Former Mashantucket chairman returns to limelight
Mashantucket — Out of the public eye for more than a decade, Richard "Skip" Hayward, the former Mashantucket Pequot chairman, re-entered the picture Saturday night at an event at Foxwoods Resort Casino, the house he built or at the very least envisioned.
It was as if he'd never left — which, he later told a reporter, he never did.
"None of us would be here without Richard 'Skip' Hayward," said Felix Rappaport, the Foxwoods president and chief executive officer.
Gov. Dannel P. Malloy and U.S. Rep. Joe Courtney, D-2nd District, joined Rappaport, Mashantucket Chairman Rodney Butler and about 40 guests at what seemed to amount to Hayward's reintroduction to the limelight. Other guests included G. Michael "Mickey" Brown, an early Foxwoods executive, and builder Charles Klewin.
The occasion's other, stated purpose was to call attention to the tribe's couldn't-be-better relationship with the state, which has reaped more than $4 billion in Foxwoods slot-machine revenues, thanks to a revenue-sharing agreement Hayward had a hand in forging.
"It's extremely important to me personally that the state has developed a 'peer' relationship with the Pequots," said Malloy, who cemented that relationship this spring by signing a law authorizing the Mashantucket and Mohegan tribes to jointly pursue a third Connecticut casino off tribal land.
Southeastern Connecticut's casino-owning tribes are rising to the "significant challenge" they face as "gaming has become ubiquitous," the governor said.
Courtney, too, commented on the changes wrought since Foxwoods rose up out of the Ledyard woods.
Back in 1992, he said, gas was $1.05 a gallon, Jay Leno was taking over for Johnny Carson and Marisa Tomei was winning an Oscar for "My Cousin Vinny."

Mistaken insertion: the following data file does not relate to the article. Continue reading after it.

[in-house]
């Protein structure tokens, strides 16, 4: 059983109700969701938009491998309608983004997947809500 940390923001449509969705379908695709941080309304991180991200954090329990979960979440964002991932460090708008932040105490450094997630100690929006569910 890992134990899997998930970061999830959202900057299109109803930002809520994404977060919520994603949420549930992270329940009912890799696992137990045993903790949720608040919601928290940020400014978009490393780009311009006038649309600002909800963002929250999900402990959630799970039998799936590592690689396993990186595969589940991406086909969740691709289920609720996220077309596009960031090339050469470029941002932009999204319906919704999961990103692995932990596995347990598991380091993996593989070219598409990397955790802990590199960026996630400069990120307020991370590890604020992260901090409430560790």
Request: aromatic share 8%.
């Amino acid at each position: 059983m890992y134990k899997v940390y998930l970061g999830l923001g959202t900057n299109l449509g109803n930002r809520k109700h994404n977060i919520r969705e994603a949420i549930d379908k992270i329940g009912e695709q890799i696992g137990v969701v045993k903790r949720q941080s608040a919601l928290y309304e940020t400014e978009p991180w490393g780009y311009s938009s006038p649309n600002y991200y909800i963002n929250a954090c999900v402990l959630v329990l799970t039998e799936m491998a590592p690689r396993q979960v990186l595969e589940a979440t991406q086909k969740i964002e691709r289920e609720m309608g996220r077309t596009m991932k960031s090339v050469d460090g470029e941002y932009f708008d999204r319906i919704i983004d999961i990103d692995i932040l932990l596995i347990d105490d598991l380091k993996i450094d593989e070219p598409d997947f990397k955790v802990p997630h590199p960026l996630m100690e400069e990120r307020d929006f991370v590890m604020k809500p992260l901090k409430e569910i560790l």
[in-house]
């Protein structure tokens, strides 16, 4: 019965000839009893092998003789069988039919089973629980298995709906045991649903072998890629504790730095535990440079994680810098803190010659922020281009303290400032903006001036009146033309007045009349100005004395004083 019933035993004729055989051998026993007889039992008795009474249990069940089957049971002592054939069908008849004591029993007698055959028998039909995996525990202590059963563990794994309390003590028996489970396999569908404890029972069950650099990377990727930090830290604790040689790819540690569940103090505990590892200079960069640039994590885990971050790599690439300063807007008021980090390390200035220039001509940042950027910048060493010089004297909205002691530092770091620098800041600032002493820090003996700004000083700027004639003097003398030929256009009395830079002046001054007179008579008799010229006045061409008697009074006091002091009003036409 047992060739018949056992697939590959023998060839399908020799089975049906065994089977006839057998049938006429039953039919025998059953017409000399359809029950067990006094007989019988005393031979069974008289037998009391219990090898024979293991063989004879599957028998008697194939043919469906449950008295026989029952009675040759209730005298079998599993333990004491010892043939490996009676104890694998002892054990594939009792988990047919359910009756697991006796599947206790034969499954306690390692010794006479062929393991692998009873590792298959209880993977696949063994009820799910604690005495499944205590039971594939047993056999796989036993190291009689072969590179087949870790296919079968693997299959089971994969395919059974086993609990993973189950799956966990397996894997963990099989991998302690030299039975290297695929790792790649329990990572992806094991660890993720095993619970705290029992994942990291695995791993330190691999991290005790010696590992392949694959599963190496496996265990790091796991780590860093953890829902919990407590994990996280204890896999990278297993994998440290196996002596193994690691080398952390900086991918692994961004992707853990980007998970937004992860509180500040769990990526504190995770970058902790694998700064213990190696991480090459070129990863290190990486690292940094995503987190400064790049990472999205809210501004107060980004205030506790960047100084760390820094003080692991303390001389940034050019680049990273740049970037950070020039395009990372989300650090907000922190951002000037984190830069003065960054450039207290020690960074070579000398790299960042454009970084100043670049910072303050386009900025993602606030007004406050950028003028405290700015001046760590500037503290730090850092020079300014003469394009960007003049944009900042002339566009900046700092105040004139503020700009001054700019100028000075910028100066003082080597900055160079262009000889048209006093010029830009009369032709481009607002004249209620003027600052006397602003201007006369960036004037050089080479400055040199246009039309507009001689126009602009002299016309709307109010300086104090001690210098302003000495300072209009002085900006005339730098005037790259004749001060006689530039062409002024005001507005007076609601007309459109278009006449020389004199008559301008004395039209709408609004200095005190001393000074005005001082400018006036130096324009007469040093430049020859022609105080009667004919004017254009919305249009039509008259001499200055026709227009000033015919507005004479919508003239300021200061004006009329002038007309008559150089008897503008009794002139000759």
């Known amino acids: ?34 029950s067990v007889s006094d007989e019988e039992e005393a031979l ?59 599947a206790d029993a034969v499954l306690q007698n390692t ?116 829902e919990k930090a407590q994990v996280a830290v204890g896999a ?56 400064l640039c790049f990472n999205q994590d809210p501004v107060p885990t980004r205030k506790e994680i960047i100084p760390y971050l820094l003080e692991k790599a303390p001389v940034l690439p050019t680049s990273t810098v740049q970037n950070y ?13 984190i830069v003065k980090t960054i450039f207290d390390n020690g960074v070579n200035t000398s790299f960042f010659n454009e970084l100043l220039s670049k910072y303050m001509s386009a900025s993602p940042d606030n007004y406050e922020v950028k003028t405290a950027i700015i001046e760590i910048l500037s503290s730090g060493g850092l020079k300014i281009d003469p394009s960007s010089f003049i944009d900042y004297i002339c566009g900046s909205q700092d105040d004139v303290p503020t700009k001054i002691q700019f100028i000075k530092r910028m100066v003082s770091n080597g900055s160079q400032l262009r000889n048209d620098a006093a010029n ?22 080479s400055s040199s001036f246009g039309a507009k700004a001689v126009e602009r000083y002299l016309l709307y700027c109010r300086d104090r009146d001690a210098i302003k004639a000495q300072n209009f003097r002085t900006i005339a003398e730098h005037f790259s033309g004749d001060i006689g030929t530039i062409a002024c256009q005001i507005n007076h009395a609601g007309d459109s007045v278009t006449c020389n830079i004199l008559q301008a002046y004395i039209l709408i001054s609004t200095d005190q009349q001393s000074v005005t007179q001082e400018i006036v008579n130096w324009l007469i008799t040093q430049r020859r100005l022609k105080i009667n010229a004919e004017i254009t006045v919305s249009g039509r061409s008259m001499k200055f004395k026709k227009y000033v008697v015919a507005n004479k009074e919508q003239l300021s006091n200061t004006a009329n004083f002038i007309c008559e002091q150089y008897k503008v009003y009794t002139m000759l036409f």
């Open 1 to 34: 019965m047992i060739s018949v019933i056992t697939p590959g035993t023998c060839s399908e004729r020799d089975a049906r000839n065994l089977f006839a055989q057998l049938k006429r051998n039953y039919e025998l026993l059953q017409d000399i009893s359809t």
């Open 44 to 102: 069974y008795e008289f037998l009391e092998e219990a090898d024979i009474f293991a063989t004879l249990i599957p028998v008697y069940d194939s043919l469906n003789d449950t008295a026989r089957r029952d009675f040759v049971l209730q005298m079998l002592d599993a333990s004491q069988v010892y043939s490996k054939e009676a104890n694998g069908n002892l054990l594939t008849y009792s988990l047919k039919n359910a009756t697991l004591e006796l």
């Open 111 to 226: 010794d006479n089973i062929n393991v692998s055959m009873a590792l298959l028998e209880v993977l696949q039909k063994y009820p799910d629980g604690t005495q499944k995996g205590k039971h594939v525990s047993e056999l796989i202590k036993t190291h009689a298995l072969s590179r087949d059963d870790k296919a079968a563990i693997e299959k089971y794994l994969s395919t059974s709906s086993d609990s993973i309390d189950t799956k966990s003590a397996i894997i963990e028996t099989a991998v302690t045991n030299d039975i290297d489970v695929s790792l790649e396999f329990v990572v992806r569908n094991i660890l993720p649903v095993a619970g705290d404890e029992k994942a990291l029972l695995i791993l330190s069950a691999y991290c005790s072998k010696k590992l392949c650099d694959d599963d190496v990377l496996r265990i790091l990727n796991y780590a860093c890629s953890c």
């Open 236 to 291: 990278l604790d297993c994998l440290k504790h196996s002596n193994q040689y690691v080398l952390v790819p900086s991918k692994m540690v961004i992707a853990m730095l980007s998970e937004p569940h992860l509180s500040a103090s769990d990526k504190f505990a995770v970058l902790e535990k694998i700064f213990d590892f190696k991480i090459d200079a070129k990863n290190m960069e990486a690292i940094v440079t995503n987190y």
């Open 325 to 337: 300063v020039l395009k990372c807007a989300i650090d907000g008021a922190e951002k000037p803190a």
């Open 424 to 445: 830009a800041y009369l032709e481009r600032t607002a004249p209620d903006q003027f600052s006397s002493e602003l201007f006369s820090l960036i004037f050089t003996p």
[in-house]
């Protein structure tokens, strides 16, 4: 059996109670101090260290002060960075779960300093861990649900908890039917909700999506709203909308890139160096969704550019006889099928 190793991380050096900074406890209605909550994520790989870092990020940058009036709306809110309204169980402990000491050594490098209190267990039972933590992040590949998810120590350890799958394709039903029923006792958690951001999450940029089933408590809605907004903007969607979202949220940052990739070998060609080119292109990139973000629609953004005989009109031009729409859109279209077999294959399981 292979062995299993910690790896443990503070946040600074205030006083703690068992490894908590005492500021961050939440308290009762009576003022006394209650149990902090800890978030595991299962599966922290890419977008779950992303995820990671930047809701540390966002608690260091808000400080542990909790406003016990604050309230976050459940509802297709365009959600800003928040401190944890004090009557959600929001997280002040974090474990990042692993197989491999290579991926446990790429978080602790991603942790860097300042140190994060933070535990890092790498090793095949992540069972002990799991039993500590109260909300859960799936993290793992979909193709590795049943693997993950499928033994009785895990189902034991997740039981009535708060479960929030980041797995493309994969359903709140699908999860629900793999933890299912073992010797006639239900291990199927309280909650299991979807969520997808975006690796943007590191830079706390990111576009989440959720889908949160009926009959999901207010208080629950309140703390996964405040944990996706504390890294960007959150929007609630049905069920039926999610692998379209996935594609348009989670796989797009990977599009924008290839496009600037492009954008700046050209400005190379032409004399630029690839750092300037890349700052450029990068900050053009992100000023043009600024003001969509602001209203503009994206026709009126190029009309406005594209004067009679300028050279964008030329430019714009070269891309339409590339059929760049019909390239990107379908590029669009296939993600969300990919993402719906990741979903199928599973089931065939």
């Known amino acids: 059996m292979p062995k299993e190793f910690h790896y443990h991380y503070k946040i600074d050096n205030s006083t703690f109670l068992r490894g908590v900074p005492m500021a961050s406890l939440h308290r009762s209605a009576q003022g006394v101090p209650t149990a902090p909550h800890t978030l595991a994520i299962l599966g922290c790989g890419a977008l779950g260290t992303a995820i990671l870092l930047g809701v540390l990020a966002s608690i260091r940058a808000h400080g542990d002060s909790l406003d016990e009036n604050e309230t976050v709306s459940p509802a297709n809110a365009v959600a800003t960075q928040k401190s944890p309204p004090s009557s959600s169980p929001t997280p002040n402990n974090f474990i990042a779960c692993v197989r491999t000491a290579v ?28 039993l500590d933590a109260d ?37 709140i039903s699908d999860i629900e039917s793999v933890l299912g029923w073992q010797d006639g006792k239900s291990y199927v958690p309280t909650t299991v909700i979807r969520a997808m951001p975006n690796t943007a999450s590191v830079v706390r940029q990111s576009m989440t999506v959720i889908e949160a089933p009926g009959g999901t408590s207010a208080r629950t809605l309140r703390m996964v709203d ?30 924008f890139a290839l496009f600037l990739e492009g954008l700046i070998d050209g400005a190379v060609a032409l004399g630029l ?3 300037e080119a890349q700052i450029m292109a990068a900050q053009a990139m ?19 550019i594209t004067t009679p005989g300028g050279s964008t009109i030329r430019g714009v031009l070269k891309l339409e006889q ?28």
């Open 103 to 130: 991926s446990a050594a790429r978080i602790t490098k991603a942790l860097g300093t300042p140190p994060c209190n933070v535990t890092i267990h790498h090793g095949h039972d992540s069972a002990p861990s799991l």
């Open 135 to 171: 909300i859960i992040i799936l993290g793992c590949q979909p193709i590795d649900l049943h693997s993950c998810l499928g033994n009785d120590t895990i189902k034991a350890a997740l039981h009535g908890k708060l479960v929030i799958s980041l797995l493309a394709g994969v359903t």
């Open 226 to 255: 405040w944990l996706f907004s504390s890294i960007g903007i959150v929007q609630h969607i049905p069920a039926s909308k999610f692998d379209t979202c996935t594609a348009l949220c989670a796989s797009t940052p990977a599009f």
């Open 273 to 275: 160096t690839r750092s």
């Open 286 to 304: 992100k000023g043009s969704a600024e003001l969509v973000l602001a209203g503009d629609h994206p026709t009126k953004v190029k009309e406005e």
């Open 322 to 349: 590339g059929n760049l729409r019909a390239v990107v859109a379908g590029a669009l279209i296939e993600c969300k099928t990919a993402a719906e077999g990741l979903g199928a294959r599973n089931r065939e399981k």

Foxwoods opened that February and has never closed since.
"No one could have predicted how successful Foxwoods would be," Butler said.
Nor could anyone have foreseen the other benefits of federal recognition, a status the Mashantuckets attained in 1983 via an act of Congress. It led to roads, infrastructure and housing, to educational and career development for tribal members, Butler said.
"None of it would have happened except for Skip," he added.
Hayward, who toiled at a shipyard and in construction and odd jobs before resurrecting his tribe became his focus in the 1970s, revealed an expansive knowledge of the history of Connecticut and his tribe, which he noted is marking its 350th anniversary this year.
"I'm proud of our history and that we were able to survive," he said. "If you don't want history to repeat itself, don't forget it."
He recalled that the Mashantuckets had attempted a number of ventures, including "maple syrup, cutting cordwood, hydroponic lettuce," before striking it rich with the high-stakes bingo hall they opened in 1986.
"We learned a lot along the way," he said. "We learned how to fail."
But, he said, the tribe managed to heed the admonishment of his grandmother, Elizabeth George, the tribal matriarch who died in 1983 at the age of 78.
"'Hold onto the land,'" he said she told him. "And that's what we did."
Butler was to present Hayward with the tribe's first-ever Lifetime Achievement Award at Saturday night's 25th anniversary gala in a Foxwoods ballroom.
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